The Do’s and Don’ts
Inflation is hitting 40 year highs. The S&P 500 is sinking. Russia has invaded Ukraine.
How do you keep focused on retirement planning during these challenging times?
– Should you invest more or less aggressively?
– Should you work longer?
There’s no shortage of worries regarding how to finance your retirement.
The majority of individuals coming close to retiring are worried about (1) rising health care costs. Further, they are concerned that they may not have (2) saved enough money, given the pressure of inflation on retiring to fixed incomes. And other may be concerned about (3) taxes and estate planning.
You can’t plan with certainty
The reasons why are painfully clear.
Inflation soared at an 8.5% rate in March. That was the steepest increase in the cost of living since 1981. In April alone, the S&P 500 plummeted 8.8%. That was its worst April since 1970, according to Dow Jones Market Data.
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Your 401(k) account and IRA almost certainly have shrunk so far this year.
Markets will always be uncertain. The macroenvironment when you retire is unknown, be it five years from now or thirty years from now.
What you can do, however, is build a strategy to get your through this period of uncertainty.
The Investor Weekly Strategy
- It’s time to play defense and not offense. Now is not the time to make big-ticket purchases.
- Don’t be tempted to make dramatic financial moves.
You will end up with fewer dollars available when the next rally returns. You want to leave your money in diversified funds. As per individual stocks, have cash ready so that you can put it to work when there is a confirmed rally.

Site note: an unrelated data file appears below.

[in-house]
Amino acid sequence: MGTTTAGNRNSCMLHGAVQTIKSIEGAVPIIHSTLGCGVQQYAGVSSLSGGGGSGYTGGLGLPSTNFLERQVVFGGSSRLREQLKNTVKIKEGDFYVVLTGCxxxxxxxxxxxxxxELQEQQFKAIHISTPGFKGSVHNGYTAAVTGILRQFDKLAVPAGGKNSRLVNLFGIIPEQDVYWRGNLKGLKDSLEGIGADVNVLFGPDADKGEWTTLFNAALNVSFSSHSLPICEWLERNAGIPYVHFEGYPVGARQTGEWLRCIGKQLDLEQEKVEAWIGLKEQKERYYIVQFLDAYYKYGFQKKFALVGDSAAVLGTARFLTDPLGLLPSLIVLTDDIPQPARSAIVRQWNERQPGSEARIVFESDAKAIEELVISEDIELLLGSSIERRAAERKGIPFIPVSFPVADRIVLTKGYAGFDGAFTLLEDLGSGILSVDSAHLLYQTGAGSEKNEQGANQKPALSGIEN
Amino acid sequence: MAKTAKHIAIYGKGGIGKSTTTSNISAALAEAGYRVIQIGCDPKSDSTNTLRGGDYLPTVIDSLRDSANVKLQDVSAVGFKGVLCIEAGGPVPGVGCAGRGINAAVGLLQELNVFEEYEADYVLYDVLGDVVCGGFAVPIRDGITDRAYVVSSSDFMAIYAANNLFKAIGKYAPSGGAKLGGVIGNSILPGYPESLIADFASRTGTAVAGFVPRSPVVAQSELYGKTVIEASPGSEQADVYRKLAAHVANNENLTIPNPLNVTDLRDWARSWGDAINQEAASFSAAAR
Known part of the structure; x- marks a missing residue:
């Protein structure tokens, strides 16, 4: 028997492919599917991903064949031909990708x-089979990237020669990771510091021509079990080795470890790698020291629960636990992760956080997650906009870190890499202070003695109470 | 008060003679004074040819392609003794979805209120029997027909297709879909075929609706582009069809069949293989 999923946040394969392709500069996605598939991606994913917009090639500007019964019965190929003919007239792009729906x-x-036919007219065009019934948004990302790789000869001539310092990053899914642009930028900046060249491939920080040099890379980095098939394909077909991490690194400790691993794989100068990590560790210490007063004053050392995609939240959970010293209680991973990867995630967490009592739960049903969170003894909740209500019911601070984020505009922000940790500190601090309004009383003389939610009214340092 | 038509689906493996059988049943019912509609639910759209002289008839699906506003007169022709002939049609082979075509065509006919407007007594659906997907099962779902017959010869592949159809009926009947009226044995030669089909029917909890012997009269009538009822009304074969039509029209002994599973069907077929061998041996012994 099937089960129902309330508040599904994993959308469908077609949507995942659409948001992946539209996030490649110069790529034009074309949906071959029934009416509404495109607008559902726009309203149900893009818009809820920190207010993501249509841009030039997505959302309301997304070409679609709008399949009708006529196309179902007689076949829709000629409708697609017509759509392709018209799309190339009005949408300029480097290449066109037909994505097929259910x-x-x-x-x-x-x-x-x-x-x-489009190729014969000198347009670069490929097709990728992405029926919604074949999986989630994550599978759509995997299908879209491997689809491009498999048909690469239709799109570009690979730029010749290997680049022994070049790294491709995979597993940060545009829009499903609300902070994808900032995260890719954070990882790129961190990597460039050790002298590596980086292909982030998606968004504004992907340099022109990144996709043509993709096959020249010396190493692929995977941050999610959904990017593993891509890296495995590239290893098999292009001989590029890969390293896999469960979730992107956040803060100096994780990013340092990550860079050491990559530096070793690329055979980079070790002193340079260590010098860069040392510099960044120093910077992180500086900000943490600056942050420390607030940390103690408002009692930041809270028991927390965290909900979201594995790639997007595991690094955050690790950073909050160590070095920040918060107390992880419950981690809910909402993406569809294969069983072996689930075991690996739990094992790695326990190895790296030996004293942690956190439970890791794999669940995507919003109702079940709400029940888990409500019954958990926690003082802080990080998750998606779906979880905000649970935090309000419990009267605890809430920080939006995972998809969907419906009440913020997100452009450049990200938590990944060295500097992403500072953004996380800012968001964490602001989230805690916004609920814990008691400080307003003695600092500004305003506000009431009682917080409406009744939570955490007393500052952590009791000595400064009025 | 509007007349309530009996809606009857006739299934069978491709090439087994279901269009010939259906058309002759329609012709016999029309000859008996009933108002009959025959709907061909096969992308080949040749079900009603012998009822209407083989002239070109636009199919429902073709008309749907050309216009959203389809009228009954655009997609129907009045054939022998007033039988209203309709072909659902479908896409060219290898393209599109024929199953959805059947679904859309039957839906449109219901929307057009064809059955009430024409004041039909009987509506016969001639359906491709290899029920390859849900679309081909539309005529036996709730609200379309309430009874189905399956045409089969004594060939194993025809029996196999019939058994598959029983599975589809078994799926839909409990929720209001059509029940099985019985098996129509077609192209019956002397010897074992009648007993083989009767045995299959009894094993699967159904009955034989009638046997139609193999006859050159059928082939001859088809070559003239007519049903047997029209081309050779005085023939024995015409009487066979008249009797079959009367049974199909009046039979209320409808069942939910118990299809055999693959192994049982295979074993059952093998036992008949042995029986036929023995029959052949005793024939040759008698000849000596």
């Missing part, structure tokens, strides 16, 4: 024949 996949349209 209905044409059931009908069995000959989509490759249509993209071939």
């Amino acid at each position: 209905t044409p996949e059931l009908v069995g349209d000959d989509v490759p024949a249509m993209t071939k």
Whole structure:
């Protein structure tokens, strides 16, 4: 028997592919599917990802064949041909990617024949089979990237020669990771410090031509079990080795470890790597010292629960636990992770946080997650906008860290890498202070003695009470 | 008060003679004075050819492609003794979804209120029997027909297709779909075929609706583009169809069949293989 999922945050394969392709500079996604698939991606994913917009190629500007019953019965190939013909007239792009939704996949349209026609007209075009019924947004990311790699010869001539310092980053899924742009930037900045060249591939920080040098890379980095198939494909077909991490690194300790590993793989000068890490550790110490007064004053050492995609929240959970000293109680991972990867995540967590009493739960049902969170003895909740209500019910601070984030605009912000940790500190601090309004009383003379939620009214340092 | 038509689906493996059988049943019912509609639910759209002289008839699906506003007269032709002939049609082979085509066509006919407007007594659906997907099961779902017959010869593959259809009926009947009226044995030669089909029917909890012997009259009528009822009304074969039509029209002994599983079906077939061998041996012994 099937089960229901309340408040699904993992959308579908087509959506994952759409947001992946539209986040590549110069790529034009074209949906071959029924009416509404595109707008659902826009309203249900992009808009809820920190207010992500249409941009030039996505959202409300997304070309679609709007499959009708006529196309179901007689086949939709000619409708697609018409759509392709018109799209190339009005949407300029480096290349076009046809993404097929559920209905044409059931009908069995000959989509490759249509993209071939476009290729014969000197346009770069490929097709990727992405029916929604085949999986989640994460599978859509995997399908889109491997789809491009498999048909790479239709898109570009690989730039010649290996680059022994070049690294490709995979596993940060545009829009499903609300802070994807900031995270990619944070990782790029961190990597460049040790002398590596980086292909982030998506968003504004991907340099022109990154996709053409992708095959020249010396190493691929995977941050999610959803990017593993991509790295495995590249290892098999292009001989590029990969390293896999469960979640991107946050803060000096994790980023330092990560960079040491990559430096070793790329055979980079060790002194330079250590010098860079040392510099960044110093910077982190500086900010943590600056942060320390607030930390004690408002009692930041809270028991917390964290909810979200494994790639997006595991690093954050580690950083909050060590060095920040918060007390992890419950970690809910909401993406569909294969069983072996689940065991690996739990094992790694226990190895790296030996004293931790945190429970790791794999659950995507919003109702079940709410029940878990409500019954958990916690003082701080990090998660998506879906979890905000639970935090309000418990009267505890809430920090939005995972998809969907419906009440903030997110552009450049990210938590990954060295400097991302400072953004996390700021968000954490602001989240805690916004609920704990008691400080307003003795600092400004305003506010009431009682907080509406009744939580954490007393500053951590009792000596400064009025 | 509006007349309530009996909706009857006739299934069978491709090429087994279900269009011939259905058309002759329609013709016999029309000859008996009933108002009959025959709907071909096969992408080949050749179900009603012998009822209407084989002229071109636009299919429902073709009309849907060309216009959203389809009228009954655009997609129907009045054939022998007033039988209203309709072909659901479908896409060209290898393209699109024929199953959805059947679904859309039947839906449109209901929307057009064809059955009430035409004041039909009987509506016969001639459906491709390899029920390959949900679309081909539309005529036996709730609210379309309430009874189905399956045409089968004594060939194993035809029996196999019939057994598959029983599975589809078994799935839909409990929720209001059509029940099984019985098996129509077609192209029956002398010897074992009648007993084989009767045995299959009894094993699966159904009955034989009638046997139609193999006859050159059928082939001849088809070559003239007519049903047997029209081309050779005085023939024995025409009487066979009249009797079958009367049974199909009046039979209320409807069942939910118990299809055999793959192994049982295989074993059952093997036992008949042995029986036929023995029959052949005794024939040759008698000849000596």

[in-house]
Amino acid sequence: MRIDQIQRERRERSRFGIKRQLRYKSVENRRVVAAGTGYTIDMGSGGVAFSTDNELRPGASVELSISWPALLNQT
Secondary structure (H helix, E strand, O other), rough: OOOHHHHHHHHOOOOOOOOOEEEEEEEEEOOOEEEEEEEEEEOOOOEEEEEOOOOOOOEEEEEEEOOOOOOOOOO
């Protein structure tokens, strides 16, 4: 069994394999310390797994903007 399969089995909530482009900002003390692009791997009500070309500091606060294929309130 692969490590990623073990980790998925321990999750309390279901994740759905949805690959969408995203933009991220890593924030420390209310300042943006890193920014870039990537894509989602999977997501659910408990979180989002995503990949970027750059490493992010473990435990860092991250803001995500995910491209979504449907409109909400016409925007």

90% of my retirement funds are in large, diversified index funds and bond funds.
10% of my investments are in individual securities. You can track my investments by viewing our Buy List.
- Remain in the Market.
Especially with mutual funds. I want you to resist the temptation to go to cash. Individual mutual fund shareholders rarely, if ever, get out of the market near its top amid market volatility. And they rarely, if ever, get back into the market at its bottom.
You have already heard this, but it is worth reiterating. In the 10 years ended Dec. 31, 2015, the broad stock market in the form of the S&P 500 rose 7.31% on average each year. But by moving into and out of the market in reaction to market ups and downs, the typical shareholder in U.S. stock mutual funds gained just 4.23% each year on average.
One more benefit to leaving your stock mutual funds in place: the price of shares has fallen. So for the same number of dollars you’re already kicking in to your retirement accounts, you get more shares.
Note that “staying the course” applies to the long-term portion of your savings portfolio, not to the portion you use to pay normal current expenses if you’re retired or have large looming expenses.
- Assets Allocation
All of this advice information applies regardless of your age. And it’s especially true concerning your asset allocation. That’s what resisting the temptation to go to cash means. Stick with your investment plan. Don’t mess with your asset mix.